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      Bone Morphogenic Protein 9 (BMP9)/Growth Differentiation Factor 2 (GDF2) modulates mouse adult hippocampal neurogenesis by regulating the survival of early neural progenitors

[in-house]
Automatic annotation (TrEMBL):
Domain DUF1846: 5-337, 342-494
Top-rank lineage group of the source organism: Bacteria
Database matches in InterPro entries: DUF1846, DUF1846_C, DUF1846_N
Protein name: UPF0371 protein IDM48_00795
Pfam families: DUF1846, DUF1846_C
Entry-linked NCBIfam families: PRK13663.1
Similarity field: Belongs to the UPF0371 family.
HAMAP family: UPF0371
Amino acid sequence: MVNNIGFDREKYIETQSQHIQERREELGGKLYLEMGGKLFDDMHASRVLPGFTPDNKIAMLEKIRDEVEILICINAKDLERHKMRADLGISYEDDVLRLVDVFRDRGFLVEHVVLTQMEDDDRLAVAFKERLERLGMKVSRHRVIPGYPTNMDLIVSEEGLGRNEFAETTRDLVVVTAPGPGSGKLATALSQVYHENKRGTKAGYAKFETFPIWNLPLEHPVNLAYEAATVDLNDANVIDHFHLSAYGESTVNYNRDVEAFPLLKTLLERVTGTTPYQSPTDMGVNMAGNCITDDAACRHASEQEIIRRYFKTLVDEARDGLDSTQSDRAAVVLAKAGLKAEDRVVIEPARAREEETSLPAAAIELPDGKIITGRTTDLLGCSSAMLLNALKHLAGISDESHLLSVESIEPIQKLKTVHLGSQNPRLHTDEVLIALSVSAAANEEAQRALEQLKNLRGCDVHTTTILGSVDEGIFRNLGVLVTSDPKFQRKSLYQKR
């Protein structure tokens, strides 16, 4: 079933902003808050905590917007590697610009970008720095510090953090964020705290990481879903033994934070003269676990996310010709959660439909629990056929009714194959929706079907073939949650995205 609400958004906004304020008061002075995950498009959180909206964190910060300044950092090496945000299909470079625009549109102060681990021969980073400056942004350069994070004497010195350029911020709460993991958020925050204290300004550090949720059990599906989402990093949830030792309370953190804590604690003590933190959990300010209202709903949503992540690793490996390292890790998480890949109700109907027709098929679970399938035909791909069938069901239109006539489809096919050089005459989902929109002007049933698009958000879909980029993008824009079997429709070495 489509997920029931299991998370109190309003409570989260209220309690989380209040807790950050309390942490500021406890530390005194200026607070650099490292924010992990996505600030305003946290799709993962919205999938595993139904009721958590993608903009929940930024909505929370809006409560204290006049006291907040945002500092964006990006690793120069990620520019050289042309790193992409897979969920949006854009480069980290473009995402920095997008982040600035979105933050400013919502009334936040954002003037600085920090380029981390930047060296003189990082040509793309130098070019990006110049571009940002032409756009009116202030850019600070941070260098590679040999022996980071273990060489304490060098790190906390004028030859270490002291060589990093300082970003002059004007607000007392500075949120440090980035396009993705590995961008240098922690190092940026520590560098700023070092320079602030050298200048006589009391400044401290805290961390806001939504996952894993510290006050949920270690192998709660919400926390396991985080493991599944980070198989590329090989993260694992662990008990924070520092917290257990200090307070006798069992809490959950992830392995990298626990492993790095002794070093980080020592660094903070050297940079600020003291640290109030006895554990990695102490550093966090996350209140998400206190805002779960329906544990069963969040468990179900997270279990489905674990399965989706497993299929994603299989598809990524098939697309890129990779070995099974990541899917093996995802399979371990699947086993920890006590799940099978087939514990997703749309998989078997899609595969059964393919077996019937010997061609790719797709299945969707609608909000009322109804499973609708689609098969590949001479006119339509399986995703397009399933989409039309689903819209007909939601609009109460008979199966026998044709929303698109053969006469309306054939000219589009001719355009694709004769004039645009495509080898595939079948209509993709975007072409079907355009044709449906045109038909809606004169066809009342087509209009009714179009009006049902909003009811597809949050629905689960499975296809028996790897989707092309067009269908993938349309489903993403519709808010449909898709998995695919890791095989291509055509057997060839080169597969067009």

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          Adult neurogenesis occurs in two specialized regions of the mammalian brain, the subventricular zone (SVZ) and the subgranular zone (SGZ) of the dentate gyrus (DG). 1 Adult hippocampal neural stem cells (NSCs), referred to as Type 1 cells represented by radial glia-like cells (RGLs), generate Type 2 cells that are divided into Type 2a and Type 2 b subpopulations, the latter of which give rise to Type 3 cells (neuroblasts). Type 3 cells exit the cell cycle and give rise to immature neurons that subsequently mature into functional granule cells (Fig. 1A). The neural regenerative capacity depends on maintaining a reservoir of NSCs and the integrity of the neurogenic niche, which are regulated by neurotransmitters and numerous signals including Notch, Wnt, and BMPs. 1 Here we showed that BMP9 (a.k.a., GDF2) deficiency altered the dynamics of adult hippocampal neurogenesis as proliferative activity was decreased in Type 2a cells in Bmp 9 knockout (Bmp9KO) mice (Fig. S1). Surprisingly, the number of cells committed to the neuronal lineage was comparable to wildtype while the label retention was increased in immature neurons, suggesting mitigation of reduced proliferation in Bmp9KO mice by increased cell survival. We also found Bmp9 was not expressed in the adult brain, precluding cell-autonomous regulation of neurogenic populations like other BMPs. Our findings thus demonstrate BMP9 regulates adult homeostatic neurogenesis. Figure 1 BMP9 regulates neurogenesis in mouse adult hippocampus. ( A ) Lineage progression and timeline of neural development in the adult hippocampus. Type 1 cells are multipotent neural stem cells (NSCs) that develop into new neurons and astrocytes in the SGZ. Through asymmetric division, Type 1 cells both self-renew and produce an intermediate progenitor cell. Within the neurogenic lineage, there are three types of intermediate progenitor cells (IPCs). These populations undergo progressive rounds of symmetric cell division and differentiation to amplify the neural precursor population. Most of these cells undergo apoptosis. Progenitor cells that survive complete differentiation within one week. Over the following three weeks new-born cells acquire morphological features of mature neurons. Neurogenic output is dependent on combinatorial regulation of progenitor proliferation, differentiation, survival, and maturation. Continual generation of new neurons throughout life is associated with maintenance of the NSC pool. The production of new astrocytes similarly depends on Type 1 NSCs. Following cell-cycle exit, post-mitotic Type 1 cells differentiate into astrocyte progenitors. In contrast to IPCs of the neurogenic lineage, astrocyte progeni-tors have restricted proliferation. Similar to IPCs, astrocytes progenitors are successfully differentiated into astrocytes within one week and reach maturation by 4 weeks. ( B ) Bmp9KO mice do not have an altered distribution of early precursors and astrocytes. ( a ) Coronal sections were immunostained with SOX2 and GFAP to identify astrocytes (SOX2+/GFAP+), Type 1 cells (SOX2+/GFAP+), and Type 2a cells (SOX+/GFAP-). Astrocytes and Type 1 cells were differentiated by morphological characteristics. Note the apical processes crossing the granule cell layer, which is defined by the nuclear counterstain TOPRO3 in the merged panel of the representative image. ( b-e ) Quantitative analysis using design-based stereology showed the number the total number of (b) Type 1 cells, (c) Type 2a cells, and (d) astrocytes in wild-type and Bmp9KO mice does not differ. (e) The relative proportions of Type 1 cells, Type 2a cells, and astrocytes within the total SOX2+ population is not significantly different between wild-type and Bmp9KO mice. Scale bar equals 50 μm. Whiskers on boxplots represent maximum and minimum values and points represent values for individual mice. n = 6 for wild-type mice; n = 5 for Bmp9KO mice. Error bars on bar charts represent ± SEM for each group. ( C ) Proliferation of early progenitors is reduced in Bmp9KO mice. ( a ) Three month old male wild-type and Bmp9KO mice were injected with CldU to label cells in S-phase according to the experimental paradigm in Figure S1. Coronal sections were immunostained with BrdU, SOX2, and GFAP to identify proliferating Type 1 cells (BrdU+/SOX2+/GFAP+) and proliferating Type 2a cells (BrdU+/SOX+/GFAP-). Dashed lines delineate the SGZ, arrowheads show clusters of BrdU + cells in each panel. Note BrdU + cells primarily colocalize with SOX2 in both groups and that Bmp9KO mice have fewer BrdU + cells. ( b ) Quantitative analysis using design-based stereology showed the number of BrdU + Type 1 cells is not different between wild-type and Bmp9KO mice, but ( c ) significantly fewer BrdU + Type 2a cells in Bmp9KO mice. ( d ) The proportion of BrdU + Type 1 cells and ( e ) BrdU + Type 2a cells does not differ significantly between wild-type andBmp9KO mice. Scale bar equals 50 μm. Whiskers on boxplots represent maximum and minimum values and points represent values for individual mice. n = 6 for wild-type mice; n = 5 for Bmp9KO mice. Error bars on bar charts represent ±SEM for each group. ∗P < 0.05. ( D ) Deregulation of neural precursors does not decrease the success of neuronal lineage commitment in Bmp9KO mice. ( a ) Three month old male wild-type and Bmp9KO mice were injected with CldU to label cells in S-phase according to the experimental paradigm in Figure A.2. Coronal sections were immunostained with BrdU and DCX to identify proliferating Type 2b/3 cells (BrdU+/DCX+). Note colocalization of BrdU and DCX is limited in both animals and that Bmp9KO mice have fewer BrdU + cells in the representative image. ( b-d ) Quantitative analysis using design based stereology showed the number of (b) BrdU + Type 2b/3 and (c) total number of DCX + cells is not different between wild-type and Bmp9KO mice. (d) The relative proportion of BrdU + Type 2b/3 to all cells committed to the neurogenic lineage is not different between wild-type and Bmp9KO groups. Scale bar equals 50 μm. Whiskers on boxplots represent maximum and minimum values and points represent values for individual mice. n = 6 for wild-type mice; n = 5 for Bmp9KO mice. Error bars on bar charts represent ± SEM for each group. ( E ) Survival of new-born neurons is increased in Bmp9KO mice. ( a-f ) Three month old male wild-type and Bmp9KO mice were injected with CldU to label cells in S-phase according to the experimental paradigm in Figure A.2 B. Coronal sections were immunostained for BrdU, DCX, and NeuN to evaluate survival after 23 days on the basis of label retention. Quantitative analysis using design based stereology showed ( a ) a marked increase in the number of label-retaining cells (BrdU+) in Bmp9KO mice. The total number of label-retaining cells is increased in Bmp9KO mice. ( b ) The number of label-retaining immature neurons in Bmp9KO mice is significantly greater than wild-type mice, but ( c ) the number of label-retaining mature neurons does not differ between the two groups. ( d ) The total number of immature neurons and ( e ) mature neurons is not significantly different between wild-type and Bmp9KO mice. ( f ) The percentage of label-retaining immature neurons is significantly greater in Bmp9KO mice. Whiskers on boxplots represent maximum and minimum values and points represent values for individual mice. n = 5 for wild-type mice; n = 4 for Bmp9KO mice. Error bars on bar charts represent ± SEM for each group. ∗P < 0.05, ∗∗P < 0.01. ( F ) Endogenous BMP9 is not necessary for cholinergic support in the medial septum and diagonal band of Broca. ( a ) Coronal sections from the medial septum and vertical diagonal Band of Broca were immunostained for ChAT and NeuN to identify the cholinergic neurons and neurons irrespective of phenotype. ( b-d ) Quantitative analysis using design-based stereology showed (b) the number of cholinergic (ChAT+) neurons in basal forebrain structures do not differ between wild-type and Bmp9KO mice. (c) The total number of neurons, irrespective of phenotype does not differ between wild-type and Bmp9KO mice. (d) There is no difference between the percentage of ChAT positive neurons with respect to the entire neuronal population between wild-type and Bmp9KO mice. Scale bar equals 200 μm Whiskers on boxplots represent maximum and minimum values and points represent values for individual mice. n = 5 for wild-type mice; n = 5 for Bmp9KO mice. Error bars on bar charts represent ± SEM for each group. Whiskers on boxplots represent maximum and minimum values. Error bars on charts represent ± SEM for each group. Fig. 1 We previously identified BMP9 as one of the most potent osteogenic BMPs. 2 Emerging evidence indicates BMP9 exerts diverse functions in glucose metabolism, angiogenesis, stem cell differentiation and maintenance of basal forebrain cholinergic neurons (BFCN) 2 ;. 3 However, whether endogenous BMP9 is necessary for adult neurogenesis has not been fully studied. We generated global Bmp 9 knockout (Bmp9KO) mice (Fig. S1A, B). 4 Using this model, we first tested whether BMP9 deficiency affected proliferation in the SGZ. To detect subtype specific changes, we pulsed the mitotic cells with CldU in both wildtype and Bmp9KO mice, and combined immunostaining for CldU with lineage specific markers such as GFAP, SOX2, DCX and NeuN (Fig. S2A, B). The design-based stereology changes were used to achieve the resolution of detecting such differences and quantitative estimates with high precision. Based on pilot studies, we used 50% sampling coverage and obtained CE < 1.2 for all BrdU + cell counts. Since Type 1 cells are heterogeneous with different capacities for self-renewal and generating neurogenic and gliogenic progeny, we quantified astrocytes based on morphology and expression of GFAP and SOX2 to evaluate the BMP9 effect on Type 1 cell fate potential (Fig. 1B, a & d). The median number of astrocytes for wildtype mice and Bmp9KO mice groups did not differ (Fig. 1B, d), indicating the reduction in Type 2a cell proliferation in Bmp9KO mice was not at the cost of astrocyte differentiation. Within the total SOX2+ population, the proportions of Type 1 cells, Type 2 cells, and astrocytes were not different between wildtype and Bmp9KO mice (Fig. 1B, e). Using GFAP and SOX2 as markers to distinguish Type 1 (GFAP+/SOX2+) from Type 2a (GFAP−/SOX2+) cells, we first evaluated the effect of BMP9 deficiency on the proliferative activity of early precursors (Fig. 1C, a-e). Whereas Type 1 cells in wildtype and Bmp9KO groups did not differ significantly (Fig. 1C, panel b), there were significantly fewer proliferating Type 2a cells (BrdU+/GFAP−/SOX2+) for Bmp9KO than for wildtype mice (Fig. 1C, c), suggesting that BMP9 deficiency may reduce proliferation of Type 2a progenitors. To determine whether Bmp9KO mice had fewer proliferating Type 2a cells due to a smaller Type 2a population and/or reduced proliferative activity within the population, we analyzed the percentage of labeled Type 2a cells (BrdU+/GFAP−/SOX2+) within the total Type 2a cell population (GFAP−/SOX2+) for each group. Bmp9KO mice demonstrated a notable, but not significant, reduction in proliferative activity relative to wild-type mice (Fig. 1C, e), while the total Type 2a cell population for wildtype and Bmp9KO groups did not differ significantly (Fig. 1B, c). There was no significant difference in the percentage of S-labeled in the Type 1 population either (Fig. 1C, d), while the total Type 1 cell population for wildtype and Bmp9KO mice did not differ (Fig. 1B, b). These data indicate the decreased Type 2a population in Bmp9KO mice was not caused by aberrant Type 1 activation and consequent depletion of the Type 1 population. As angiogenesis and neurogenesis are closely associated, we quantified the endothelial cell progenitor-containing proportion of unidentified BrdU+ cells (BrdU+/SOX2-/GFAP−). We found the proportion of BrdU+/SOX2-/GFAP− cells was not different between wildtype and Bmp9KO (Fig. S3A), indicating endothelial cell hypersprouting was not present in Bmp9KO mice. CD31 immunostaining did not reveal vasculature structural alterations in Bmp9KO mice (Fig. S3B). These data suggest dysregulated Type 2a cells in Bmp9KO mice may be not related to aberrant angiogenesis. Since the Type 2a to Type 2 b transition is marked by SOX2 suppression and DCX upregulation, we evaluated BMP9-null effect on the total number of proliferating Type 2 b progenitors (BrdU+/DCX+) (Fig. 1D, b), the total number of DCX+ cells (Fig. 1D, c), and the percentage of proliferating Type 2b/3 in the total DCX+ population (Fig. 1D, d). Small, but statistically non-significant reductions were observed in Bmp9KO mice for all three measurements. BMP9 deficiency therefore may not significantly alter Type 2b/3 proliferation and the number of Type 2a cells committed to neurogenic lineage. Thus, BMP9 deficiency does not alter neuronal lineage commitment. To investigate whether BMP9 deficiency affected survival of postmitotic cells, we used CldU pulse-labeling to birthdate cells prior to cell cycle exit (Fig. S2B), and found Bmp9KO mice had more label-retaining-cells (LRCs; BrdU+/DCX+/NeuN+) after 23 days (Fig. 1E, a). Using DCX and NeuN staining, we found Bmp9KO mice had a significantly greater number of LRCs (Fig. 1E, b), without change in the total number of LRCs (Fig. 1E, c). We quantified the total number of cells in each of these population, and found no difference in either the total population of immature (DCX+/NeuN+) (Fig. 1E, d) or mature neurons (DCX−/NeuN+) (Fig. 1E, e) between wildtype and Bmp9KO mice. We further found Bmp9KO mice had a significantly greater percentage of LRC immature neurons relative to wildtype (Fig. 1E, f). Thus, BMP9 deficiency may enhance immature neuron survival without expanding the population of either immature or mature neurons. Lastly, we assessed Bmp 9 expression in anterior region, posterior region, and hippocampus of wildtype mice. While highly expressed in liver as reported, 5 Bmp9 expression within the brain was low and comparable to that of hippocampus from Bmp9KO mice (Fig. S4). We also quantified neurons expressing choline acetyltransferase (ChaT) and the total number of neurons (NeuN+) in medial septum and diagonal band of Broca (Fig. 1F, a-d). Surprisingly, the number of cholinergic neurons did not differ for wildtype and Bmp9KO mice (Fig. 1F, b), neither did the total number of neurons between wildtype and Bmp9KO mice (Fig. 1F, c). Similarly, we did not detect any difference in proportion of cholinergic neurons (ChAT+) between the two groups (Fig. 1F, d). Collectively, our work demonstrates that BMP9 modulates mouse adult hippocampal neurogenesis under homeotic condition. Further studies are warranted to determine if BMP9 plays any significant roles in neuronal ageing, neuronal degeneration, and/or acute neuronal damage caused by stroke, ischemic and/or traumatic injuries. Furthermore, it is of significance to investigate if BMP9 play any role in early neurogenesis, as well as potential factors that may functionally compensate BMP9 functions during development. Conflict of interests The authors declare no conflict of interest. Funding The reported work was supported in part by research grants from the National Institutes of Health (USA)(CA226303 to TCH and DE030480 to RRR). This project was also supported in part by The University of Chicago Cancer Center Support Grant (P30CA014599) and the National Center for Advancing Translational Sciences of the National Institutes of Health (USA) (No. 5UL1TR002389). TCH was also supported by the Mabel Green Myers Research Endowment Fund and The University of Chicago Orthopaedics Alumni Fund (USA). Funding sources were not involved in the study design; in the collection, analysis and interpretation of data; in the writing of the report; and in the decision to submit the paper for publication.